The recent decision of Whitfield v Master Tree Ninja (Whitfield) is a prime example of how an employee’s demotion can amount to a dismissal.
Master Tree Ninja (Respondent) is a small business in Adelaide providing tree lopping and clearing services. Mr Whitfield (Applicant) was employed from December 2016 on a casual basis, and from March 2018 as a full-time Leading Hand.
As a Leading Hand, Mr Whitfield was responsible for “organising the day’s crew, overseeing the day’s job (or jobs), ensuring all necessary vehicles and equipment were available and in good condition and attending to the refueling, servicing and repair of vehicles and equipment in-between jobs”.
Mr Currie, the owner of Master Tree Ninja, became concerned with Mr Whitfield’s performance as Leading Hand. In particular, he felt that Mr Whitfield was not adequately maintaining and servicing company equipment, and that he was irresponsibly using fuel despite increasing fuel costs (among other things).
Was he dismissed?
On 26 July 2018, Mr Currie and Mr Whitfield had a heated conversation in Mr Currie’s office. As expected, both versions of the conversation were very different, and the Fair Work Commission was required to determine what actually occurred.
The Commission found that Mr Currie told Mr Whitfield that his leadership duties would be removed, however he would remain employed full-time. Mr Whitfield then stood up and placed his credit card and mobile phone on the table. He then left the premises abruptly, believing that he had just been dismissed.
The meeting appears to have created misunderstanding for both gentlemen. Mr Whitfield believed that he had been dismissed. On the other hand, Mr Currie believed that Mr Whitfield had not been dismissed from employment, but had instead his duties had been reduced by removing leadership responsibility.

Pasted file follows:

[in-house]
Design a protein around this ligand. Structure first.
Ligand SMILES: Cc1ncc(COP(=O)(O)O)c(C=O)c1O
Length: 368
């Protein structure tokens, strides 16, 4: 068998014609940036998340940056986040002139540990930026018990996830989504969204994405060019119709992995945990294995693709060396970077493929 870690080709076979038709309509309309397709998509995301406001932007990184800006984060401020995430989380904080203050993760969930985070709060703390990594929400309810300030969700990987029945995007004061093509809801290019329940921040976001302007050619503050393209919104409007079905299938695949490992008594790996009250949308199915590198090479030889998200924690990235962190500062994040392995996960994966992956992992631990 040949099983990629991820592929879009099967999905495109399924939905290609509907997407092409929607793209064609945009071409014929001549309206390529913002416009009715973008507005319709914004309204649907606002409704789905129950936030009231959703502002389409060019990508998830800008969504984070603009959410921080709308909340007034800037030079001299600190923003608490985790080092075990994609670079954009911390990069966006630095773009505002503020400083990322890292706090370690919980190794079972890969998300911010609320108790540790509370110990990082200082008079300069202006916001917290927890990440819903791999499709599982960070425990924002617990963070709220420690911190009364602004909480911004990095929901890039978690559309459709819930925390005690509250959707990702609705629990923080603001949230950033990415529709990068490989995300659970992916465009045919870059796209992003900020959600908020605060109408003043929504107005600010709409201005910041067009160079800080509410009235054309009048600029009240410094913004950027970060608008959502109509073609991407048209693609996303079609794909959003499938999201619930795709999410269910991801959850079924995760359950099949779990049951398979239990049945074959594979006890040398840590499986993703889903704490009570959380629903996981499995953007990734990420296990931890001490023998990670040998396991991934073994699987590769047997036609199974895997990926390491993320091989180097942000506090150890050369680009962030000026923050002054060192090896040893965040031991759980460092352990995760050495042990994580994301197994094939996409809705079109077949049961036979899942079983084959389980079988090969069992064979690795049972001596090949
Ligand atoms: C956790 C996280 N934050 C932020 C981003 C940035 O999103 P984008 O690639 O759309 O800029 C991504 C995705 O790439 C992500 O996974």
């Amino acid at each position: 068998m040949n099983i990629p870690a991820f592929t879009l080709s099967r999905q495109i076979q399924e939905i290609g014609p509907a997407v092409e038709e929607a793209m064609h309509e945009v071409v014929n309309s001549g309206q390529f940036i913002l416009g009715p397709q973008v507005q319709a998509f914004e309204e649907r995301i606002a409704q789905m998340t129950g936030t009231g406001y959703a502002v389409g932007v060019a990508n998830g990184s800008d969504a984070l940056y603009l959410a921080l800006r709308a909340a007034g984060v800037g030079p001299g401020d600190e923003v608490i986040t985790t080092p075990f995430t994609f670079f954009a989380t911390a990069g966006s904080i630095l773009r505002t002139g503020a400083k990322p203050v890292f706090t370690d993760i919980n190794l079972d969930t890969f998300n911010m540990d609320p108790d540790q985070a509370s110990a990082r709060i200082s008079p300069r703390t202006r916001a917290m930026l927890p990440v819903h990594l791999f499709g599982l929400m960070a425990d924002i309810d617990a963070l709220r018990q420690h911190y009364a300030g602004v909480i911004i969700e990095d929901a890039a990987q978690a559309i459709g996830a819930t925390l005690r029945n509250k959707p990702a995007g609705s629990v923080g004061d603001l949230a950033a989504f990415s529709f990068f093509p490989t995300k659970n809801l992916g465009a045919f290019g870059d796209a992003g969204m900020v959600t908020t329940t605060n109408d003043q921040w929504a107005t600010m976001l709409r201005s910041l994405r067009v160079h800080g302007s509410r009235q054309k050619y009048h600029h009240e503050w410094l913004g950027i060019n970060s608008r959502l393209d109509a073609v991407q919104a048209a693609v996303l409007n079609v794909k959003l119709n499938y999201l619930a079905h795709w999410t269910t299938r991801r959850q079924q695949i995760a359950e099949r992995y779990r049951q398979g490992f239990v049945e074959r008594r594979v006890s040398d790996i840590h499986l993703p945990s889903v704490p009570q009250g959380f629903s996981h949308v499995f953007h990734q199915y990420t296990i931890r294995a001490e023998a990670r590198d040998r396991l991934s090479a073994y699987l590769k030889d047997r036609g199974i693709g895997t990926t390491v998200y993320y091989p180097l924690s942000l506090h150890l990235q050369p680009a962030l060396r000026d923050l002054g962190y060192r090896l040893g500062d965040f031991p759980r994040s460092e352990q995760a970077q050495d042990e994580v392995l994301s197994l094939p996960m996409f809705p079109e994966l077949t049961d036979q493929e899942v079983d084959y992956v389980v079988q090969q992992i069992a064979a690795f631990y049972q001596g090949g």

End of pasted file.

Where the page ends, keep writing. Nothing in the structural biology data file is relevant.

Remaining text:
Ultimately, the Commission found that Mr Whitfield was dismissed. Section 386 of the Fair Work Act indicates when a person has been dismissed. In effect, it clarifies that a person may be dismissed if the person was demoted, the demotion involves a significant reduction in remuneration or duties, and the person remains employed. On that basis, the Commission found that the demotion was a significant reduction in Mr Whitfield’s duties and he was dismissed.
The Commission found that “unilaterally removing a contractual right to be employed as a leading hand was the removal of a fundamental right under [Mr Whitfield’s] contract of employment. A leading hand, even in a small crew, has a materially enhanced status, role and responsibility. It had been, since March 2018, the new description of Mr Whitfield’s employment not just in title but in substance.
What remedy did Mr Whitfield receive?
Master Tree Ninja was ordered to pay Mr Whitfield 4 weeks’ salary, however this was reduced to 2 weeks for reasons including the following:
- Master Tree Ninja’s business was not growing sustainably and Mr Whitfield’s employment might have become redundant if not for his dismissal;
- There was a possibility that Mr Whitfield could have resigned during that 4-week period; and
- Although there was a reduction in his duties, Mr Whitfield could have continued to work without any loss of pay. This means he would not have incurred any loss as a result of the dismissal (other than the demotion from leadership duties).
What lessons should employers take from Whitfield?
Employers should seek advice if considering demoting an employee. A unilateral decision to vary the employment contract can result in that employee’s dismissal, as was the case in Whitfield. It is also clear that importance is placed on the specific duties the employee performs, not just the amount of remuneration. If a demotion occurs and even if the remuneration stays the same, it can still be a dismissal, depending on the change to the employee’s job. Lastly, employers should confirm decisions in writing to an employee so that there is no room for misunderstanding.
If you have any employment-related issues or queries, contact the experienced employment lawyers at Atkinson Vinden Lawyers.